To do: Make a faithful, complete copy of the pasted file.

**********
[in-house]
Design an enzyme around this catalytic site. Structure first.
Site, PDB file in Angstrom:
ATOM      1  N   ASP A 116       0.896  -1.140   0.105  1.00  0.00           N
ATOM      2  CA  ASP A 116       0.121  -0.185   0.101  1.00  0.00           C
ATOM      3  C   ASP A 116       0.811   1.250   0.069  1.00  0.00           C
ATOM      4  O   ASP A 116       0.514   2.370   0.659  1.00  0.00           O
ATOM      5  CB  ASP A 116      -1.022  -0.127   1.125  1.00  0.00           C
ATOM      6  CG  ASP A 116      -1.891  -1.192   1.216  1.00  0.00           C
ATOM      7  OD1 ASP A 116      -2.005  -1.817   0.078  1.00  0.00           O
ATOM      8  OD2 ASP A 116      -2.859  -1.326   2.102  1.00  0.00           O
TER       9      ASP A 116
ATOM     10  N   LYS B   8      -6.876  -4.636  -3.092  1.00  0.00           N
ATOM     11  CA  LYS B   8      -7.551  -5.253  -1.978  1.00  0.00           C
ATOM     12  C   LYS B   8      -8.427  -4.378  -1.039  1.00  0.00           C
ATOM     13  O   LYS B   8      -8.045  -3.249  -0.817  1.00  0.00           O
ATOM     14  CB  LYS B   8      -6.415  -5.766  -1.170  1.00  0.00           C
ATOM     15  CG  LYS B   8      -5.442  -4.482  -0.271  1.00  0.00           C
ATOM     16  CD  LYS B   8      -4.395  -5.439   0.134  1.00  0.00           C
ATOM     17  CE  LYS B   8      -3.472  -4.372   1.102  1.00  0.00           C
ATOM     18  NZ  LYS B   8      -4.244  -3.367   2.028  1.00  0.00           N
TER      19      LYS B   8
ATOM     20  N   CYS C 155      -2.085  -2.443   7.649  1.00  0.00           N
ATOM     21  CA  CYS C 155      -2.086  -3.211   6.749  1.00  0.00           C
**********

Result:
[in-house]
Design an enzyme around this catalytic site. Structure first.
Site, PDB file in Angstrom:
ATOM      1  N   ASP A 116       0.896  -1.140   0.105  1.00  0.00           N
ATOM      2  CA  ASP A 116       0.121  -0.185   0.101  1.00  0.00           C
ATOM      3  C   ASP A 116       0.811   1.250   0.069  1.00  0.00           C
ATOM      4  O   ASP A 116       0.514   2.370   0.659  1.00  0.00           O
ATOM      5  CB  ASP A 116      -1.022  -0.127   1.125  1.00  0.00           C
ATOM      6  CG  ASP A 116      -1.891  -1.192   1.216  1.00  0.00           C
ATOM      7  OD1 ASP A 116      -2.005  -1.817   0.078  1.00  0.00           O
ATOM      8  OD2 ASP A 116      -2.859  -1.326   2.102  1.00  0.00           O
TER       9      ASP A 116
ATOM     10  N   LYS B   8      -6.876  -4.636  -3.092  1.00  0.00           N
ATOM     11  CA  LYS B   8      -7.551  -5.253  -1.978  1.00  0.00           C
ATOM     12  C   LYS B   8      -8.427  -4.378  -1.039  1.00  0.00           C
ATOM     13  O   LYS B   8      -8.045  -3.249  -0.817  1.00  0.00           O
ATOM     14  CB  LYS B   8      -6.415  -5.766  -1.170  1.00  0.00           C
ATOM     15  CG  LYS B   8      -5.442  -4.482  -0.271  1.00  0.00           C
ATOM     16  CD  LYS B   8      -4.395  -5.439   0.134  1.00  0.00           C
ATOM     17  CE  LYS B   8      -3.472  -4.372   1.102  1.00  0.00           C
ATOM     18  NZ  LYS B   8      -4.244  -3.367   2.028  1.00  0.00           N
TER      19      LYS B   8
ATOM     20  N   CYS C 155      -2.085  -2.443   7.649  1.00  0.00           N
ATOM     21  CA  CYS C 155      -2.086  -3.211   6.749  1.00  0.00           C